computer card
LSI 9211-8i host adapter

In November 2000, LSI acquired Syntax Systems, and in August 2001 the groups merged to become LSI Logic Storage Systems, and later Engenio Information Technologies.[19] In March 2001 LSI acquired C-Cube for $878 million in stock.[2][22] In that same quarter, LSI introduced Gflx, a flexible process technology.[23] In September 2001 LSI acquired a RAID adapter division from American Megatrends in a $221 million cash transaction.[24] Included in this deal, LSI received AMI’s MegaRAID software intellectual property, host bus adapter products and 200 RAID employees.[24]

LSI and Storage Technology Corporation (StorageTek) entered an alliance making StorageTek the distributor of their co-branded storage products in January 2002.[25] In August of 2002 LSI acquired Mylex from IBM, to expand its storage technologies.[26]

In November 2003, LSI sold its Tsukub, Japan facility to ROHM Company, Ltd.

The Engenio division of LSI filed for its own IPO in 2004, but withdrew citing adverse market conditions after the burst of the dot-com bubble.[19][27]

2005 to present[edit]

In 2005, Abhi Talwalkar joined the company as president and CEO, and was also appointed to the board of directors.[6][28][29][30][31] Talwalkar was an executive at Intel Corporation before joining LSI, and began a program of acquisitions and divestitures.[29][30][31][32]

In October 2005, LSI Logic opened a semiconductor design and engineering development center at the Dubai Silicon Oasis (DSO) Microelectronics Innovation Center.[33]

In 2006, LSI Logic sold the Gresham, Oregon design and manufacturing facility to ON Semiconductor. In October of that same year it agreed to an all-stock merger with Agere Systems worth about $4 billion.[34] In March 2007, LSI acquired SiliconStor Inc., a provider of semiconductor solutions for enterprise storage networks, for approximately $55 million in cash.[35] In April 2007, LSI completed its merger with Agere Systems Inc., who previously owned LSI’s Mobility Products Group, and rebranded the firm LSI Corporation.[36] Magnum Semiconductor Inc. a spin-off of Cirrus Logic Inc., acquired LSI’s consumer products business and 13 percent of LSI’s workforce in July 2007.[35][36] These lines included architectures named DoMiNo and Zevio, evolutions of the C-Cube Microsystems technology.[2][22] August 2007, LSI signed an agreement with STATS ChipPAC Ltd to sell its Pathumthani, Thailand semiconductor assembly and test operations for $100 million.[36] In October 2007, LSI acquired Tarari, a maker of silicon and software, for $85 million in cash.[35][36] Tarari’s products integrated into LSI’s NSPG organization.[36] In October 2007 LSI completed its sale of its Mobility Division to Infineon Technologies AG (Munich) for $450 million in cash.[36] Approximately 700 LSI employees transferred to Infineon in the deal.[36]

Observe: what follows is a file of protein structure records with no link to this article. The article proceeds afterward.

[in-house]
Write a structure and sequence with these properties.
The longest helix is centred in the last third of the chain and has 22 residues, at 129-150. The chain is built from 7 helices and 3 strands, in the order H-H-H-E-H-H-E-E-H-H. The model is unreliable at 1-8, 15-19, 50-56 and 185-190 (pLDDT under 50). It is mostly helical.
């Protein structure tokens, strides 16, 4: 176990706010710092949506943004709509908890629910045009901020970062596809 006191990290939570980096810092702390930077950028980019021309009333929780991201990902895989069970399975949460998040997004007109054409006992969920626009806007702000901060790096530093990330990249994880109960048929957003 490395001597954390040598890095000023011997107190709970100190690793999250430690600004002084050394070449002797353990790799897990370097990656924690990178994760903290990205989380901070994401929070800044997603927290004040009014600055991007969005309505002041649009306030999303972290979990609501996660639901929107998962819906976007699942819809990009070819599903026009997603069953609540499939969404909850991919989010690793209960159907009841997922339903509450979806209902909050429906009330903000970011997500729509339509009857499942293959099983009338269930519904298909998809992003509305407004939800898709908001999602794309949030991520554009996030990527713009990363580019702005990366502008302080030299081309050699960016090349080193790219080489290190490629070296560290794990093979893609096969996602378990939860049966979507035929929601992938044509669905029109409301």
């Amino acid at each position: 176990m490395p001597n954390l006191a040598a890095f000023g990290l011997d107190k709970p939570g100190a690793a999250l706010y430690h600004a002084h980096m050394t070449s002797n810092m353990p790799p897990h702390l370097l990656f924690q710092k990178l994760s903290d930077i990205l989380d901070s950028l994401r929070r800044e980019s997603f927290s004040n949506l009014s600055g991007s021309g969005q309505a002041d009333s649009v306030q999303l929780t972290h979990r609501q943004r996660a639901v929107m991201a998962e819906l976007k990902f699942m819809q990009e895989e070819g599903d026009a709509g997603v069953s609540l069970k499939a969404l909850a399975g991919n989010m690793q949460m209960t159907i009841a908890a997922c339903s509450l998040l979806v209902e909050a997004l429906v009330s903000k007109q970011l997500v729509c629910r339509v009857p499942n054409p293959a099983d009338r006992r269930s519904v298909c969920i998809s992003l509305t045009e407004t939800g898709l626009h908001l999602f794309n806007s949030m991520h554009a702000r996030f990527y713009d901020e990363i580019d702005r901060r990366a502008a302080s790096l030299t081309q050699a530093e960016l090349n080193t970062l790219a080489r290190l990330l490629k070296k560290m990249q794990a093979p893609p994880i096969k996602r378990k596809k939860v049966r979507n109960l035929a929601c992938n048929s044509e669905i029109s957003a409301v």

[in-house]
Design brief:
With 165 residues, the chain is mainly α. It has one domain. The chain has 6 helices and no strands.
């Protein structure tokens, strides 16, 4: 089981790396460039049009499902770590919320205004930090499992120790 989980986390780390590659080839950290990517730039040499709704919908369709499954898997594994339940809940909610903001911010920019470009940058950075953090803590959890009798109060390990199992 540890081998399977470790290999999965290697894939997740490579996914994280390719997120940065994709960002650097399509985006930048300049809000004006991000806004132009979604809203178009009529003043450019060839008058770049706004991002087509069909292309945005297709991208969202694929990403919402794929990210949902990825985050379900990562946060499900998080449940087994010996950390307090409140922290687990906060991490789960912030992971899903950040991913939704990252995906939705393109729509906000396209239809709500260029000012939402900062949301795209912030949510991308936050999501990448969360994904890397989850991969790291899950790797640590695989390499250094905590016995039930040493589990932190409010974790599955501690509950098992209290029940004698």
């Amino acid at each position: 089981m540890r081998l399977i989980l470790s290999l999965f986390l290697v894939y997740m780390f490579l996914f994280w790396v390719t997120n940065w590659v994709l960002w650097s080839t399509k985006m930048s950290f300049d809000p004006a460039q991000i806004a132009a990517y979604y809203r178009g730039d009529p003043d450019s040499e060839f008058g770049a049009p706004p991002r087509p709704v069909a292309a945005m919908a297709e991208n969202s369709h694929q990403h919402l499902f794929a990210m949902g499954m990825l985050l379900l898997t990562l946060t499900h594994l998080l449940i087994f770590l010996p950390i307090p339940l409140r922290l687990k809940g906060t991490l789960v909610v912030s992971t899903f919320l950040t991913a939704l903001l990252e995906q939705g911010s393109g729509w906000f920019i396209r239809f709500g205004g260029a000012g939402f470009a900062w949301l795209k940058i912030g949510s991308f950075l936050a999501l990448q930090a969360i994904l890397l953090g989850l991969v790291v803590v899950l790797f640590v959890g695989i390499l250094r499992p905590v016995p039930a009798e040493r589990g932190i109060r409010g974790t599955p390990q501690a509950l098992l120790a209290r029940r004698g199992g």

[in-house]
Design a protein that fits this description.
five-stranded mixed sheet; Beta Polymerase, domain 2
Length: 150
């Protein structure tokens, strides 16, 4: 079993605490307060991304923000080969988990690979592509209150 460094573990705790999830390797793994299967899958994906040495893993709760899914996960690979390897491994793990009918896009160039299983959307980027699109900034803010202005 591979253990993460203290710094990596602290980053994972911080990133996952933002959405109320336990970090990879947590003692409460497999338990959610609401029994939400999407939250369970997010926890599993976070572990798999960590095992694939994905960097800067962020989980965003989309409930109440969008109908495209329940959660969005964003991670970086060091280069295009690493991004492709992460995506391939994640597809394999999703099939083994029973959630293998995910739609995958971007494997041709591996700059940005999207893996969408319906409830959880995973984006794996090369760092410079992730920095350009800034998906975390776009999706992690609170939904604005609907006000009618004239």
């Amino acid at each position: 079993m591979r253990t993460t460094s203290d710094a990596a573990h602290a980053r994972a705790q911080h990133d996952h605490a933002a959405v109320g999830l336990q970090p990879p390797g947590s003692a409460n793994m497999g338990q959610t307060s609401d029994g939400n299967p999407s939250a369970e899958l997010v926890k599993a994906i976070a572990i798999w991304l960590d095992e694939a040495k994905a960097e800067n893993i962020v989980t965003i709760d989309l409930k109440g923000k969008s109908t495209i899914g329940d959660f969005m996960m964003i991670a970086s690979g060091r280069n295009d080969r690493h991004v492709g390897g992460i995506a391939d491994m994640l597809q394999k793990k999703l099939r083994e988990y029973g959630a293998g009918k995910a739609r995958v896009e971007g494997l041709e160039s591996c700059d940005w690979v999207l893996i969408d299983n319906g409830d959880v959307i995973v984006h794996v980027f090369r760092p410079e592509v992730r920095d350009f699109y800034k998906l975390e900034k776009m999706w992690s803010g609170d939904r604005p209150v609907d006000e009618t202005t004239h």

In July 2009, LSI agreed to acquire ONStor, Inc. for $25 million.[37] LSI put ONStor into its Engenio storage division, which is a NAS vendor.[37] LSI bought the 3ware RAID adapter business of Applied Micro Circuits Corporation in April that same year.[38]

In March 2011, LSI announced its sale of its Engenio external storage systems business to NetApp for $480 million in cash.[1] The sale of the Engenio division, which generated revenues of $705 million in 2010, completed in May.[1]